All this week we will be loading out hogs.  Two semi truck loads at a time.  The alarm will go off at 4:30 AM.  I will cuss and whine the entire time I am getting ready, on the ride to the hog buildings, and as I am putting on the coveralls and changing my shoes (for biosecurity, don’t want to get the piggies sick).  Basically because it is early in the morning and I just want to go back to bed.  Once I’m inside the building, I get to wait with my hubby, brother-in-law, and father-in-law while the semi backs up to the load-out ramp.  Usually the conversation involves what the neighbors are doing in the field or what we need to do once we’re done loading.

A blue mark spray painted on this pig means he's big enough to become brats.

The pigs are still snoozing, but every time there is a bang of a door or something drops, they all jump up and voice their opinions.  Pigs are like that.  Very opinionated.  They grunt, bark, screech, chomp, and snort to voice their approval or disapproval of an event.  They are also very curious animals, and will swarm around you if you stand still near them.  They have it pretty good in our barns… lounging around in the pens with food, water, and shelter all readily available and closely monitored for them.

The trucker gets backed up, changes his shoes and clothes, and enters the building through a different door to keep the risk of carrying disease into the building at a minimum.  His job is to stand inside the semi trailer and put the pigs into the different pens on the trailer.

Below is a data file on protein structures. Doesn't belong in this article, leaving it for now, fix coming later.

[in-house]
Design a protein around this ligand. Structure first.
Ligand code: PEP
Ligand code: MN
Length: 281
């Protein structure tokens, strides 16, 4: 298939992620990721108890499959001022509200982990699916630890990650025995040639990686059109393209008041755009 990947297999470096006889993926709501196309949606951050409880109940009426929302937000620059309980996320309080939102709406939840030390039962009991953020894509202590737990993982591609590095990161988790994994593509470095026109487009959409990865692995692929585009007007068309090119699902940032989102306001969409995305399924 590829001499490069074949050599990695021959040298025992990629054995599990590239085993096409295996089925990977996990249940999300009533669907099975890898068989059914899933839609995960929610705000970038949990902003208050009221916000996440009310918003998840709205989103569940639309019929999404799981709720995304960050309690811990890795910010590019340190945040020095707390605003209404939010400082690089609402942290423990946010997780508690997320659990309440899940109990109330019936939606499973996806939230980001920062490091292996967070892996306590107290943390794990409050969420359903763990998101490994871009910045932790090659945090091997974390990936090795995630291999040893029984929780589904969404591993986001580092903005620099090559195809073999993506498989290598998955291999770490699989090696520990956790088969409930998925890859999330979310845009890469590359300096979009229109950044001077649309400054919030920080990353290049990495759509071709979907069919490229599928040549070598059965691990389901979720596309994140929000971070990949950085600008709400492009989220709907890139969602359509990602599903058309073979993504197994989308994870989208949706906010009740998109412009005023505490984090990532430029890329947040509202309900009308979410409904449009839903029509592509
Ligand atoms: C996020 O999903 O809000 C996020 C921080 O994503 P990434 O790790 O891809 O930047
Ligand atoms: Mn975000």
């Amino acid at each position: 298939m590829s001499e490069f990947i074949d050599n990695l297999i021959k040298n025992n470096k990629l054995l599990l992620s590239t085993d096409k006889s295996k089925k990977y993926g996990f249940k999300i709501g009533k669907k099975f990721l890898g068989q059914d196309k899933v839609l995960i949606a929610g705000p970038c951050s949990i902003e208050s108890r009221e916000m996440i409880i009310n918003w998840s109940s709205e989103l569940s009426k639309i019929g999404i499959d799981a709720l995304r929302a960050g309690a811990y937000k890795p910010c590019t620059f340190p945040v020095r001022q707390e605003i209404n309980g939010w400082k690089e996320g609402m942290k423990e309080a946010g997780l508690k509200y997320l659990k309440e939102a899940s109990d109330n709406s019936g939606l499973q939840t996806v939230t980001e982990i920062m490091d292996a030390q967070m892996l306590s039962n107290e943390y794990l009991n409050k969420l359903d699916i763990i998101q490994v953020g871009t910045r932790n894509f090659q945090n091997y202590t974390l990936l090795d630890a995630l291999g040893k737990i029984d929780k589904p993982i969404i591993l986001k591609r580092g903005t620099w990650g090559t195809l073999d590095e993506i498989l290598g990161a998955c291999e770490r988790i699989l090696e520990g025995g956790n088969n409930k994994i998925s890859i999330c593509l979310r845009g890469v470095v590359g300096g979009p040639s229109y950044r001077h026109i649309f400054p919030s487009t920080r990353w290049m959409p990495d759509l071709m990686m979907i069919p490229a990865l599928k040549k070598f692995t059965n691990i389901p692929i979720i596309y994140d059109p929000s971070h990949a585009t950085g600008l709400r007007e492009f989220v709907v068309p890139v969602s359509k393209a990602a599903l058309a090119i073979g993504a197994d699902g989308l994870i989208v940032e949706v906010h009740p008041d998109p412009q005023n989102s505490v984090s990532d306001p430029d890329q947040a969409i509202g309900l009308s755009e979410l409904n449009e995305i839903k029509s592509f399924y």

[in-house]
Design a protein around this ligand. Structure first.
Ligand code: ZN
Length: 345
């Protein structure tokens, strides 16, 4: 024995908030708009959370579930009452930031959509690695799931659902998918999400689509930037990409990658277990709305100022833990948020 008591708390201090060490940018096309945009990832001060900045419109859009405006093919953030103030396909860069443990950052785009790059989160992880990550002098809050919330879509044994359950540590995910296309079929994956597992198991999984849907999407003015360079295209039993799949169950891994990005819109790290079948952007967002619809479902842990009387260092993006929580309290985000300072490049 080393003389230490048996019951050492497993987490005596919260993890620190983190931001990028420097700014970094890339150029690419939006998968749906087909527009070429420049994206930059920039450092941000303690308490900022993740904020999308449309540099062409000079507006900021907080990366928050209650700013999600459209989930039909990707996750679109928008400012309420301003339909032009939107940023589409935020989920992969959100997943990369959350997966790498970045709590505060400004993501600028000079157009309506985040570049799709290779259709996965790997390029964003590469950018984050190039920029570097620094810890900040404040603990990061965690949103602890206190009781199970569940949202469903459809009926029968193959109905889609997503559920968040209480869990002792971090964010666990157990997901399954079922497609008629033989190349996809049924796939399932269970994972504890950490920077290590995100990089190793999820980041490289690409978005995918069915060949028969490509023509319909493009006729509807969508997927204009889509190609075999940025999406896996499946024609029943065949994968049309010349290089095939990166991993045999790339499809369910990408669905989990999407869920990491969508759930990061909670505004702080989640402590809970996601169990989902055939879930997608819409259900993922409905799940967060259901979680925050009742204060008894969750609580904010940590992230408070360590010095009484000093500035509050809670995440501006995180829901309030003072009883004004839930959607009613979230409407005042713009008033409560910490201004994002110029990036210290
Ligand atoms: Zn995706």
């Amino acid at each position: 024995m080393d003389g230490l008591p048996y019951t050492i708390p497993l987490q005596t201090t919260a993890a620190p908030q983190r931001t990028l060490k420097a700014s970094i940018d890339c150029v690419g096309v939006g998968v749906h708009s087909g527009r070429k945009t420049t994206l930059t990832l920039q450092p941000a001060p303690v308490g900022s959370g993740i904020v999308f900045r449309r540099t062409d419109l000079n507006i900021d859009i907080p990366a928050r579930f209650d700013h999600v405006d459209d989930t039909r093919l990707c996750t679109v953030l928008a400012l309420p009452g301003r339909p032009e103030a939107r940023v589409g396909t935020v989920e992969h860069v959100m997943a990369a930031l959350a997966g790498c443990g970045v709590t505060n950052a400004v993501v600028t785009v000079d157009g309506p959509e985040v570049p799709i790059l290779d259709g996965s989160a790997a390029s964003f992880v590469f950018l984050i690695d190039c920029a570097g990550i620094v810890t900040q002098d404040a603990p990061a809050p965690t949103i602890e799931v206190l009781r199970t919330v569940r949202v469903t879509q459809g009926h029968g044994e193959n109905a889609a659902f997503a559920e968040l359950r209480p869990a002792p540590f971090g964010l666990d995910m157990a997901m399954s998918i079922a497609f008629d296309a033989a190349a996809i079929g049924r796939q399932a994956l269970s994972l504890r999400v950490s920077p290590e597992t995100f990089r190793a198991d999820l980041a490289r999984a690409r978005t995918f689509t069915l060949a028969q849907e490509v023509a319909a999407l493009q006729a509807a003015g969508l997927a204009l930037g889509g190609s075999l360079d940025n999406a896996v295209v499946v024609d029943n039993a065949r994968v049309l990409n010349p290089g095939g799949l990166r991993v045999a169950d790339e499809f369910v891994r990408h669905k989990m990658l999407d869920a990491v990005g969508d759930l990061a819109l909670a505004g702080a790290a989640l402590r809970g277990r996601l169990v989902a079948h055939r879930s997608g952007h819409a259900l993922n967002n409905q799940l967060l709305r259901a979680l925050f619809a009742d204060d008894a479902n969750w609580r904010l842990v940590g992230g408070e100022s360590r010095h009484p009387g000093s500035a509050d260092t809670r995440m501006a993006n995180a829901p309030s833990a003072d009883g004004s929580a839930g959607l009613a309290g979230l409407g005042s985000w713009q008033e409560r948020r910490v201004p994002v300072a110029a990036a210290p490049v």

Lounging pigs enjoying the sunshine.

The rest of us enter the first pen to sort out all the pigs that have been marked a day or two before loading.  Marking the pigs (with a non-toxic spray paint) that are ready for market speeds up the loading process and lowers the stress on the pigs.  Each pen contains approximately 35 hogs.  Usually there are about 10-12 hogs in each pen to be sorted out.  It is my job to stand at the gate of the pen and only allow the marked pigs out.  My father-in-law, Ralph, works in the back of the pen to bring the marked hogs up to me. My hubby and brother-in -law get the hard job of bringing the pigs up the alleyway, onto the ramp, and into the trailer.  It’s the hardest job because they have to contend with pigs coming up the alleyway that they are trying to walk down, which means they have to crawl over the fences and into the pens.  The fences are about waist high on me, but Justin and Kevin are taller and make it look like they are stepping over a baby gate.